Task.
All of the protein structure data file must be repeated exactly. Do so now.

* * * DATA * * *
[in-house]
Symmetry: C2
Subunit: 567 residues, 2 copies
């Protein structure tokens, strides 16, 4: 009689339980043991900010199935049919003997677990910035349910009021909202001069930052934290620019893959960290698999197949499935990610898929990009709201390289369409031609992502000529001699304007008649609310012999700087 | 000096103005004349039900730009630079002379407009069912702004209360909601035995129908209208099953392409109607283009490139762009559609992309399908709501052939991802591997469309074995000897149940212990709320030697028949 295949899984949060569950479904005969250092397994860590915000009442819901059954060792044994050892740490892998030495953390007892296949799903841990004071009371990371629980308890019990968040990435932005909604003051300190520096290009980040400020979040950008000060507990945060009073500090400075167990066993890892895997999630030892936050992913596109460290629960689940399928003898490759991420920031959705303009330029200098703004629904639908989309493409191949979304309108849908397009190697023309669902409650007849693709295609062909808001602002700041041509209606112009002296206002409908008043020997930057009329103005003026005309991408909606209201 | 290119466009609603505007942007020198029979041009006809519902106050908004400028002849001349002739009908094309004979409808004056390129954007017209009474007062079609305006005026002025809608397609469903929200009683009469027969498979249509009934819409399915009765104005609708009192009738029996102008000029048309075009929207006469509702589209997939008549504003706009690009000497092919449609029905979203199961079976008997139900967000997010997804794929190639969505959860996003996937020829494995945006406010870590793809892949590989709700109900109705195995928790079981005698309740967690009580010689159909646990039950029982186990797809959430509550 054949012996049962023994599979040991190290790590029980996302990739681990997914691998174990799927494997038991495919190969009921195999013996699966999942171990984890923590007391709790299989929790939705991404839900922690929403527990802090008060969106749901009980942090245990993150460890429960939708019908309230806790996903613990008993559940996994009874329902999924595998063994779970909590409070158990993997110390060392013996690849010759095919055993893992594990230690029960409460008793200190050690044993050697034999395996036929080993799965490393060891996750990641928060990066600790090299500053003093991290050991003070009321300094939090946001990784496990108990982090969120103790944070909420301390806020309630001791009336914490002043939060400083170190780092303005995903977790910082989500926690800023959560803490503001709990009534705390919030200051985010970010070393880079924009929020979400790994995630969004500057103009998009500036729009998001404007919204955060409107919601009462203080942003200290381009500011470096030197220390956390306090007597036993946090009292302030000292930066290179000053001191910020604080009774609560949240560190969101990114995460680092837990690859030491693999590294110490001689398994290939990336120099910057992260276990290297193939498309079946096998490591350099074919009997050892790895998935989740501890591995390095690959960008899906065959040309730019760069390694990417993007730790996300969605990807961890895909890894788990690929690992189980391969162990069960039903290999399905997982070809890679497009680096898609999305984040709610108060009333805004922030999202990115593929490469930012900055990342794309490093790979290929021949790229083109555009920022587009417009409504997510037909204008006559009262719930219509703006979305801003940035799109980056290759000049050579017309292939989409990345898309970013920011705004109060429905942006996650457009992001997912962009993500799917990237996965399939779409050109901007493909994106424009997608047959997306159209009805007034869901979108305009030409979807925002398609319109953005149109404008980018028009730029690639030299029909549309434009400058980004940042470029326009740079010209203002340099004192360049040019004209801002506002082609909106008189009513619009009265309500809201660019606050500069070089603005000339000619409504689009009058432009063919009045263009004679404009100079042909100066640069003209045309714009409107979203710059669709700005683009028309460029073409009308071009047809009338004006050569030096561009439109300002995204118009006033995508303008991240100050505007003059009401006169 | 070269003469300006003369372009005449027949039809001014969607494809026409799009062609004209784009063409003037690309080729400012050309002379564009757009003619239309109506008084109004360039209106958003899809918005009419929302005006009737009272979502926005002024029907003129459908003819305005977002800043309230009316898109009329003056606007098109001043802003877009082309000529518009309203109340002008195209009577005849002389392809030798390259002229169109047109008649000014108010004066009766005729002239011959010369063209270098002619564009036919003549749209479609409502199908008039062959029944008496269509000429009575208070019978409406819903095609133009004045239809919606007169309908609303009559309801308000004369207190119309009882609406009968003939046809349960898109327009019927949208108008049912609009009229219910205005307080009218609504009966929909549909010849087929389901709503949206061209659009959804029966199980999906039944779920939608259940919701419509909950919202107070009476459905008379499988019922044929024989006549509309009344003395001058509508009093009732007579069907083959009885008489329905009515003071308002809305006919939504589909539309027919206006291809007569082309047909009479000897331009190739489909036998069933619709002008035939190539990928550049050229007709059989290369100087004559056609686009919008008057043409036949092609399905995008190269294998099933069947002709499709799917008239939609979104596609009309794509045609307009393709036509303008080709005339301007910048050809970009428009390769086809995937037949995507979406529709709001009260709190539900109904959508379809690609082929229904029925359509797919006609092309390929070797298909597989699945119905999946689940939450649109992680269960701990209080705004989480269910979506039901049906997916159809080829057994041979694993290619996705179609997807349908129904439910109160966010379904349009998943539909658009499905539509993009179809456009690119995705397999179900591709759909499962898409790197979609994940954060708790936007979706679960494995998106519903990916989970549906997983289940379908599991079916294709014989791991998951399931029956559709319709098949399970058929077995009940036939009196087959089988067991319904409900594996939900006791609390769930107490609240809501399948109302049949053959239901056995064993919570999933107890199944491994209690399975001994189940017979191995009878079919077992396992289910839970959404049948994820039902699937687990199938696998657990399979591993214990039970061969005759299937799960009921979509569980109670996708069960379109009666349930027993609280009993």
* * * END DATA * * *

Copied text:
[in-house]
Symmetry: C2
Subunit: 567 residues, 2 copies
């Protein structure tokens, strides 16, 4: 009689339980043991900010199935049919003997677990910035349910009021909202001069930052934290620019893959960290698999197949499935990610898929990009709201390289369409031609992502000529001699304007008649609310012999700087 | 000096103005004349039900730009630079002379407009069912702004209360909601035995129908209208099953392409109607283009490139762009559609992309399908709501052939991802591997469309074995000897149940212990709320030697028949 295949899984949060569950479904005969250092397994860590915000009442819901059954060792044994050892740490892998030495953390007892296949799903841990004071009371990371629980308890019990968040990435932005909604003051300190520096290009980040400020979040950008000060507990945060009073500090400075167990066993890892895997999630030892936050992913596109460290629960689940399928003898490759991420920031959705303009330029200098703004629904639908989309493409191949979304309108849908397009190697023309669902409650007849693709295609062909808001602002700041041509209606112009002296206002409908008043020997930057009329103005003026005309991408909606209201 | 290119466009609603505007942007020198029979041009006809519902106050908004400028002849001349002739009908094309004979409808004056390129954007017209009474007062079609305006005026002025809608397609469903929200009683009469027969498979249509009934819409399915009765104005609708009192009738029996102008000029048309075009929207006469509702589209997939008549504003706009690009000497092919449609029905979203199961079976008997139900967000997010997804794929190639969505959860996003996937020829494995945006406010870590793809892949590989709700109900109705195995928790079981005698309740967690009580010689159909646990039950029982186990797809959430509550 054949012996049962023994599979040991190290790590029980996302990739681990997914691998174990799927494997038991495919190969009921195999013996699966999942171990984890923590007391709790299989929790939705991404839900922690929403527990802090008060969106749901009980942090245990993150460890429960939708019908309230806790996903613990008993559940996994009874329902999924595998063994779970909590409070158990993997110390060392013996690849010759095919055993893992594990230690029960409460008793200190050690044993050697034999395996036929080993799965490393060891996750990641928060990066600790090299500053003093991290050991003070009321300094939090946001990784496990108990982090969120103790944070909420301390806020309630001791009336914490002043939060400083170190780092303005995903977790910082989500926690800023959560803490503001709990009534705390919030200051985010970010070393880079924009929020979400790994995630969004500057103009998009500036729009998001404007919204955060409107919601009462203080942003200290381009500011470096030197220390956390306090007597036993946090009292302030000292930066290179000053001191910020604080009774609560949240560190969101990114995460680092837990690859030491693999590294110490001689398994290939990336120099910057992260276990290297193939498309079946096998490591350099074919009997050892790895998935989740501890591995390095690959960008899906065959040309730019760069390694990417993007730790996300969605990807961890895909890894788990690929690992189980391969162990069960039903290999399905997982070809890679497009680096898609999305984040709610108060009333805004922030999202990115593929490469930012900055990342794309490093790979290929021949790229083109555009920022587009417009409504997510037909204008006559009262719930219509703006979305801003940035799109980056290759000049050579017309292939989409990345898309970013920011705004109060429905942006996650457009992001997912962009993500799917990237996965399939779409050109901007493909994106424009997608047959997306159209009805007034869901979108305009030409979807925002398609319109953005149109404008980018028009730029690639030299029909549309434009400058980004940042470029326009740079010209203002340099004192360049040019004209801002506002082609909106008189009513619009009265309500809201660019606050500069070089603005000339000619409504689009009058432009063919009045263009004679404009100079042909100066640069003209045309714009409107979203710059669709700005683009028309460029073409009308071009047809009338004006050569030096561009439109300002995204118009006033995508303008991240100050505007003059009401006169 | 070269003469300006003369372009005449027949039809001014969607494809026409799009062609004209784009063409003037690309080729400012050309002379564009757009003619239309109506008084109004360039209106958003899809918005009419929302005006009737009272979502926005002024029907003129459908003819305005977002800043309230009316898109009329003056606007098109001043802003877009082309000529518009309203109340002008195209009577005849002389392809030798390259002229169109047109008649000014108010004066009766005729002239011959010369063209270098002619564009036919003549749209479609409502199908008039062959029944008496269509000429009575208070019978409406819903095609133009004045239809919606007169309908609303009559309801308000004369207190119309009882609406009968003939046809349960898109327009019927949208108008049912609009009229219910205005307080009218609504009966929909549909010849087929389901709503949206061209659009959804029966199980999906039944779920939608259940919701419509909950919202107070009476459905008379499988019922044929024989006549509309009344003395001058509508009093009732007579069907083959009885008489329905009515003071308002809305006919939504589909539309027919206006291809007569082309047909009479000897331009190739489909036998069933619709002008035939190539990928550049050229007709059989290369100087004559056609686009919008008057043409036949092609399905995008190269294998099933069947002709499709799917008239939609979104596609009309794509045609307009393709036509303008080709005339301007910048050809970009428009390769086809995937037949995507979406529709709001009260709190539900109904959508379809690609082929229904029925359509797919006609092309390929070797298909597989699945119905999946689940939450649109992680269960701990209080705004989480269910979506039901049906997916159809080829057994041979694993290619996705179609997807349908129904439910109160966010379904349009998943539909658009499905539509993009179809456009690119995705397999179900591709759909499962898409790197979609994940954060708790936007979706679960494995998106519903990916989970549906997983289940379908599991079916294709014989791991998951399931029956559709319709098949399970058929077995009940036939009196087959089988067991319904409900594996939900006791609390769930107490609240809501399948109302049949053959239901056995064993919570999933107890199944491994209690399975001994189940017979191995009878079919077992396992289910839970959404049948994820039902699937687990199938696998657990399979591993214990039970061969005759299937799960009921979509569980109670996708069960379109009666349930027993609280009993």